Chairman's Report-94


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Rice Research Board Chairman Steve Dennis


The outlook for the California rice industry is one of cautious optimism. Increasing domestic consumption and the gradual opening of overseas markets boosted acreage in 1994 to an estimated 485,000 acres. Yet production challenges abound - herbicide resistance and straw management, in particular. This underscores the importance of your continuing support of research that will keep our industry a vibrant and welcome component of California's economy well into the future.

Chairman.jpg (111609 bytes)Plant breeders from the Rice Experiment Station in Biggs continue to make steady progress in the development of new varieties. Last year more than 900 new crosses were made for varietal improvement. Since 1961 scientists have now made more than 20,000 crosses, leading to the release of the public varieties that have helped to boost yields in California to an average last year of 8,500 pounds per acre. A strong emphasis in all grain types is now being given to milling and cooking quality. New laboratory equipment is hastening progress in quality evaluation. RES scientists are also working on several cooperative projects to tap into stem rot resistance. Read about these and other developments in the Rice Breeding Program section of this year's annual report.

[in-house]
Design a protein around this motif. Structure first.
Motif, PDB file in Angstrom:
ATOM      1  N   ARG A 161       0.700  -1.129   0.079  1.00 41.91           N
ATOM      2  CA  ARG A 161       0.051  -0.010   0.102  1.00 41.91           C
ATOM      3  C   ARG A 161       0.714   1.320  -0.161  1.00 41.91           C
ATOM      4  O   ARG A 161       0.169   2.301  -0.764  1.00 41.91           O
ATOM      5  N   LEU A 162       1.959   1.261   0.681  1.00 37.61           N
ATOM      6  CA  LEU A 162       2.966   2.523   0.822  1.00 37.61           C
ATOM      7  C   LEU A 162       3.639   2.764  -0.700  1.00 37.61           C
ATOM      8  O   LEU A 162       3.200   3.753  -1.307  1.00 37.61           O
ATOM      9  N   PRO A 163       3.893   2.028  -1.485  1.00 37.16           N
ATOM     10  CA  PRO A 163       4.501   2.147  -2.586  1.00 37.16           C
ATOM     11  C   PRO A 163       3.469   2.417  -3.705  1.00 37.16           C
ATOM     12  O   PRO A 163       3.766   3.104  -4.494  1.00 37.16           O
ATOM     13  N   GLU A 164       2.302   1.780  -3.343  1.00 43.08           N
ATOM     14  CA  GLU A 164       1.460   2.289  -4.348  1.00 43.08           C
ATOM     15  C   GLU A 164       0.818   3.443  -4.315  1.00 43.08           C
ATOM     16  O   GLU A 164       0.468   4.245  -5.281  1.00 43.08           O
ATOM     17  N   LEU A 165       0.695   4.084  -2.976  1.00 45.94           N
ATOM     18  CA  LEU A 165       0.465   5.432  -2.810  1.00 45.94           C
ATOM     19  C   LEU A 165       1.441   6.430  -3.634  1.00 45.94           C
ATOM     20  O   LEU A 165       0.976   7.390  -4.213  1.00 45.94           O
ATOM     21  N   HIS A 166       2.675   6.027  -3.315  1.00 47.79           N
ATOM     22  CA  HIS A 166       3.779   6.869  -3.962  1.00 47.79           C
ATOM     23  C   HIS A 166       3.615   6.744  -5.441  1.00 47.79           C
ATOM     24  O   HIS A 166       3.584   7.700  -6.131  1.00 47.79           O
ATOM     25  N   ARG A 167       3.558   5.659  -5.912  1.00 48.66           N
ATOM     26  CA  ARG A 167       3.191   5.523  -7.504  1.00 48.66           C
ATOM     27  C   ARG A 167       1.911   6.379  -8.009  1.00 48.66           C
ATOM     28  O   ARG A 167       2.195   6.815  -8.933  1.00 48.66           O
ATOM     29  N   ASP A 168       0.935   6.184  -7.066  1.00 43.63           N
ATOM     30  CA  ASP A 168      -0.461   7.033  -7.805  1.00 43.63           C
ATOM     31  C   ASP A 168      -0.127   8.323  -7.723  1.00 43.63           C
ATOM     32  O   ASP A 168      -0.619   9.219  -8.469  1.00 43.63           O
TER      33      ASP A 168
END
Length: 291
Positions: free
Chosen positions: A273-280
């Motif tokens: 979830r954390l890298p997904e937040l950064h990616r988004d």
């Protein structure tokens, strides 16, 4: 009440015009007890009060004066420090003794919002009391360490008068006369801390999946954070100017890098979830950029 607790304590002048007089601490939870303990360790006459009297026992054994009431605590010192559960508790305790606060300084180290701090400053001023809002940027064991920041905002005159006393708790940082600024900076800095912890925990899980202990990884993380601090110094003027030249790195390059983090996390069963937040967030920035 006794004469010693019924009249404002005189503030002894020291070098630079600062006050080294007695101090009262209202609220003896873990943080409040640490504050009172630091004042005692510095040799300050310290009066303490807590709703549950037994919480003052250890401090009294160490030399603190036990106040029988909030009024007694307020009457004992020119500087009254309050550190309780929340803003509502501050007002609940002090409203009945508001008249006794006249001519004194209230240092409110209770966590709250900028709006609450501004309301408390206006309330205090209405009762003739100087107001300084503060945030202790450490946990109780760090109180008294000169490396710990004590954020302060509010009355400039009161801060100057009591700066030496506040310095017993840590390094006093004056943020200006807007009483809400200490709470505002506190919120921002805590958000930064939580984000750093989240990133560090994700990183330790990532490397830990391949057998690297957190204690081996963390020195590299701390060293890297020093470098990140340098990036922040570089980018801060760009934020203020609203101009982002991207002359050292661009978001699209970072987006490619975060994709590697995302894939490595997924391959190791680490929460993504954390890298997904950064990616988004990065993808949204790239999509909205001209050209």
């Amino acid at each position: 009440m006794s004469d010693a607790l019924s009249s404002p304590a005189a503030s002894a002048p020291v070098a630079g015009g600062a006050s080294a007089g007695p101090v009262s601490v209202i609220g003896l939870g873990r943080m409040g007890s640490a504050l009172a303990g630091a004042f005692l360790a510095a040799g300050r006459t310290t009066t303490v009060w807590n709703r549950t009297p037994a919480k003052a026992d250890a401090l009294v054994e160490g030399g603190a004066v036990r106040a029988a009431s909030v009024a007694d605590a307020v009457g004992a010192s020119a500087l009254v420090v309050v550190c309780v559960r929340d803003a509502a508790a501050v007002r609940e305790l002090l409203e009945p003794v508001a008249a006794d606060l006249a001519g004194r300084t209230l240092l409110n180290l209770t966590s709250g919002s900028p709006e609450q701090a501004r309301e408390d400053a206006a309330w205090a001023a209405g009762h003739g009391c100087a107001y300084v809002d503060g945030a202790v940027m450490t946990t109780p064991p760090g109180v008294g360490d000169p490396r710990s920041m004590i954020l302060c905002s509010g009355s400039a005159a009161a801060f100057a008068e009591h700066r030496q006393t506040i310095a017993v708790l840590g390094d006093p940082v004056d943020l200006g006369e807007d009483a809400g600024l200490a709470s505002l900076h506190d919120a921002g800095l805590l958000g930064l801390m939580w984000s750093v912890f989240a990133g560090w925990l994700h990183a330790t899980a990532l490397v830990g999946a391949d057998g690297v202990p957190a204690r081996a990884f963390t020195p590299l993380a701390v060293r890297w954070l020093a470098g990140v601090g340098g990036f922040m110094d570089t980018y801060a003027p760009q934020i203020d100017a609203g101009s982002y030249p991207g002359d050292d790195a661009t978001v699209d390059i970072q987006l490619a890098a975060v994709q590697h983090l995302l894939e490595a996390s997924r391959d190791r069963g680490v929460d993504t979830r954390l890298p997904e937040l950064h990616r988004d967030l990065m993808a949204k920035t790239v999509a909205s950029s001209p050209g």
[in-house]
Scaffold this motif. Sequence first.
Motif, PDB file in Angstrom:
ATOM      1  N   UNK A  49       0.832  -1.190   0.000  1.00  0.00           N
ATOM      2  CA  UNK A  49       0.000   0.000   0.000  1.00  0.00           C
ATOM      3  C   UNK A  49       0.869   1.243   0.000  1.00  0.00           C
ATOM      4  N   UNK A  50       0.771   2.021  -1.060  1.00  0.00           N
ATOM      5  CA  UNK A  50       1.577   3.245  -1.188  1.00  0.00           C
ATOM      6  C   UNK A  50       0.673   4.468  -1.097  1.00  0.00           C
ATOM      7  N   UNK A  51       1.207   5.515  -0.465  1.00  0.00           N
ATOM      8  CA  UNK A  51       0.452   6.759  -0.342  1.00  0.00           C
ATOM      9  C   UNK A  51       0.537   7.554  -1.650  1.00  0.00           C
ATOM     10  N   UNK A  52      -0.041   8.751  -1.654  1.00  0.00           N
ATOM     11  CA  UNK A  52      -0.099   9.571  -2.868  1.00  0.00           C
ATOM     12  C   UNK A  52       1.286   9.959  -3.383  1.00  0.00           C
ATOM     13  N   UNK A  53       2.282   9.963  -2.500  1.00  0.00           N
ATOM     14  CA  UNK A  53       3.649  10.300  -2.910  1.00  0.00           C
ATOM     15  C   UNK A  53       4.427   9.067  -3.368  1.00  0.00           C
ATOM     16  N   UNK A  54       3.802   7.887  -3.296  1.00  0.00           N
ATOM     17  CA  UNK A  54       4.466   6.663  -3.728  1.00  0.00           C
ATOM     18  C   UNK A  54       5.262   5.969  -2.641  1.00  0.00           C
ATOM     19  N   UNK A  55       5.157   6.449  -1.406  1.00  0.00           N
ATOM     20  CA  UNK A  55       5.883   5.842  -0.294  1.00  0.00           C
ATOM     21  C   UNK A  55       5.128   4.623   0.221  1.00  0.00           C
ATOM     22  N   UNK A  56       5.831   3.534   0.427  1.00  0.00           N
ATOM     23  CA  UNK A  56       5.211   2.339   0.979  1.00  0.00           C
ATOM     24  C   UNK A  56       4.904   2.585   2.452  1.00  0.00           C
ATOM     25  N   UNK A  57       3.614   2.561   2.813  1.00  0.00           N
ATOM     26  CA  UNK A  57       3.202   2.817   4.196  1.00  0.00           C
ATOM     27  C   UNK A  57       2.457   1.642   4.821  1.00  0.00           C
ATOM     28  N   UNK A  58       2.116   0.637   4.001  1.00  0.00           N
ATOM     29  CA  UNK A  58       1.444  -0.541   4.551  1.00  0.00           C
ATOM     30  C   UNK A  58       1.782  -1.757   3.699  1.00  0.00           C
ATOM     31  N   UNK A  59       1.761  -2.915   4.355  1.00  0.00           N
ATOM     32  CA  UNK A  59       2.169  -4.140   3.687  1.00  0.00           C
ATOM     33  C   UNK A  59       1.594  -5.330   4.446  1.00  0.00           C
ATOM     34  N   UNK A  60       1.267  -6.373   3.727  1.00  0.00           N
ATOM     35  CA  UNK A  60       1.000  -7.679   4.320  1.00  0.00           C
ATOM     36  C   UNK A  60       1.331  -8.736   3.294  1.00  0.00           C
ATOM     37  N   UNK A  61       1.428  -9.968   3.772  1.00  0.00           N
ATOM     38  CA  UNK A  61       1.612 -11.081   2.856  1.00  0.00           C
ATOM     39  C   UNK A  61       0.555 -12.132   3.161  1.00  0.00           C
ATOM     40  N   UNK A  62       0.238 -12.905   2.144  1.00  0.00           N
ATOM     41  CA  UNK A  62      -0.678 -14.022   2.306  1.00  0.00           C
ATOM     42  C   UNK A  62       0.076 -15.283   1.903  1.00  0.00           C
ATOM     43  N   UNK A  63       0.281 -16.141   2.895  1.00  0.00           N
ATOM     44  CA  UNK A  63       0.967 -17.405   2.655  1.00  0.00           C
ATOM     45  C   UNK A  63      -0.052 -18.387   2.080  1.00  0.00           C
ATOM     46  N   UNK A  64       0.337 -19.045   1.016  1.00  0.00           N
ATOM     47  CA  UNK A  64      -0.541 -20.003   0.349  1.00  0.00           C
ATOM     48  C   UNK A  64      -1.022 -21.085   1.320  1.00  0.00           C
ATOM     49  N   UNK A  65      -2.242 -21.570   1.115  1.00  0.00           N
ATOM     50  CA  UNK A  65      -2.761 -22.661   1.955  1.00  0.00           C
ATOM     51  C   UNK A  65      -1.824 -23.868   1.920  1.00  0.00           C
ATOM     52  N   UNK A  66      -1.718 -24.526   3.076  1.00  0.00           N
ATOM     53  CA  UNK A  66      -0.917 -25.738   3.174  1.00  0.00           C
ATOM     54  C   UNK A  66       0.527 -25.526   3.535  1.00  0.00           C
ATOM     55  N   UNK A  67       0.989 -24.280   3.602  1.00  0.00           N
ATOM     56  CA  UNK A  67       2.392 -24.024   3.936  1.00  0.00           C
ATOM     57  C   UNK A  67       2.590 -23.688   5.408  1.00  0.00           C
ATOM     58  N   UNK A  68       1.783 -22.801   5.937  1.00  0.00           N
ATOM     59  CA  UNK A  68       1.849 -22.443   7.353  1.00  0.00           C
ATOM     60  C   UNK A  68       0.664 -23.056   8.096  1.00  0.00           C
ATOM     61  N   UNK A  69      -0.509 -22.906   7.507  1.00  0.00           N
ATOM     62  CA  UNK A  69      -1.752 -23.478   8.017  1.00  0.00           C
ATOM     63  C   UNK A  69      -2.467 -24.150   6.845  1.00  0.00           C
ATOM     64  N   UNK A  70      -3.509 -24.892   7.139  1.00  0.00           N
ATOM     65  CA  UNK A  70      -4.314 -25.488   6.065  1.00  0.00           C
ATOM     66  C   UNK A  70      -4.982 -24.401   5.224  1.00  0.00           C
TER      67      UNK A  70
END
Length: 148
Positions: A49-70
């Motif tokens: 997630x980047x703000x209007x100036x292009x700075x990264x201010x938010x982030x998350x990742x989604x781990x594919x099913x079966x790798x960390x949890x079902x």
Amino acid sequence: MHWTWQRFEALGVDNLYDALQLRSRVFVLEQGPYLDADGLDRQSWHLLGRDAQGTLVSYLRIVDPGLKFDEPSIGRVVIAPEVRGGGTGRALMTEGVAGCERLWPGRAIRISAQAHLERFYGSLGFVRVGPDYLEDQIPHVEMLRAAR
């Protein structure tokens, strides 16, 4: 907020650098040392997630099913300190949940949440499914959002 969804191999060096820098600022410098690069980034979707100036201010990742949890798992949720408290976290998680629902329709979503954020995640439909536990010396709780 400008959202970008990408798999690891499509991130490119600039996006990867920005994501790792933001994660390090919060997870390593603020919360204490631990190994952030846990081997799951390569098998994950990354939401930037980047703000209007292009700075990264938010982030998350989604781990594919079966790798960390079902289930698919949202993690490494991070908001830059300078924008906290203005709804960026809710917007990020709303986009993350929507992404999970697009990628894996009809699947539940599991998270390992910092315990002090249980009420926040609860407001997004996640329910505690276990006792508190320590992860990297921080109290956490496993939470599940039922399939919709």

The road to rice variety improvement leads through all-important field trials conducted by University of California scientists in cooperation with public and private plant breeders. Last year 16 on-farm evaluation trials were conducted throughout the rice growing regions of California. Six similar tests were conducted at the Rice Experiment Station. Several advanced and preliminary breeding lines showed promise in improved yields and other agronomic characteristics over existing varieties. One short grain entry, 91-Y-171, that ranked second in yield in very early maturity tests is for Foundation seed increase during 1995. In the section Variety Trials you will learn about a fertilizer study that examined the relationship between nitrogen and potassium.